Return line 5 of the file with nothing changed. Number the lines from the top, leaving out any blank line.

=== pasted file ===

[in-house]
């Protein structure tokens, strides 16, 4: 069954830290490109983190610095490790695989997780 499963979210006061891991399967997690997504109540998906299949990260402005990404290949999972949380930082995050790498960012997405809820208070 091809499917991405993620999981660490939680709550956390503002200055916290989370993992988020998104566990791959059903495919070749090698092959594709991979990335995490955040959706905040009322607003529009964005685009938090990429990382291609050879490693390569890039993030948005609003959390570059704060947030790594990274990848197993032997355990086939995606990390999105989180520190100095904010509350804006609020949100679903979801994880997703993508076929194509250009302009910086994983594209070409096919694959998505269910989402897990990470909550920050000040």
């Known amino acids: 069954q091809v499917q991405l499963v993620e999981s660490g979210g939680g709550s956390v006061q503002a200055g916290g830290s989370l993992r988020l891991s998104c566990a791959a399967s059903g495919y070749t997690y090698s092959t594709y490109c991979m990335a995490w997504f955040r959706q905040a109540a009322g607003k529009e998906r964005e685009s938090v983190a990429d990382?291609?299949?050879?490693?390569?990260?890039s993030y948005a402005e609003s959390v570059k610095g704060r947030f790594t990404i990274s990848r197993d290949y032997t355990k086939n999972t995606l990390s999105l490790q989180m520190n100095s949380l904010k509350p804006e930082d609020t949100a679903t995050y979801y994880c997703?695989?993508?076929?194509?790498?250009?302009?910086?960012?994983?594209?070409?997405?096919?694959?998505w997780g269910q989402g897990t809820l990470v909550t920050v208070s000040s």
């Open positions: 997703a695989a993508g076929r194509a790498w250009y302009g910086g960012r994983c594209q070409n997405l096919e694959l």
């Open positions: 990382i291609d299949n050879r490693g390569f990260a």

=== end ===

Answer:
């Open positions: 990382i291609d299949n050879r490693g390569f990260a």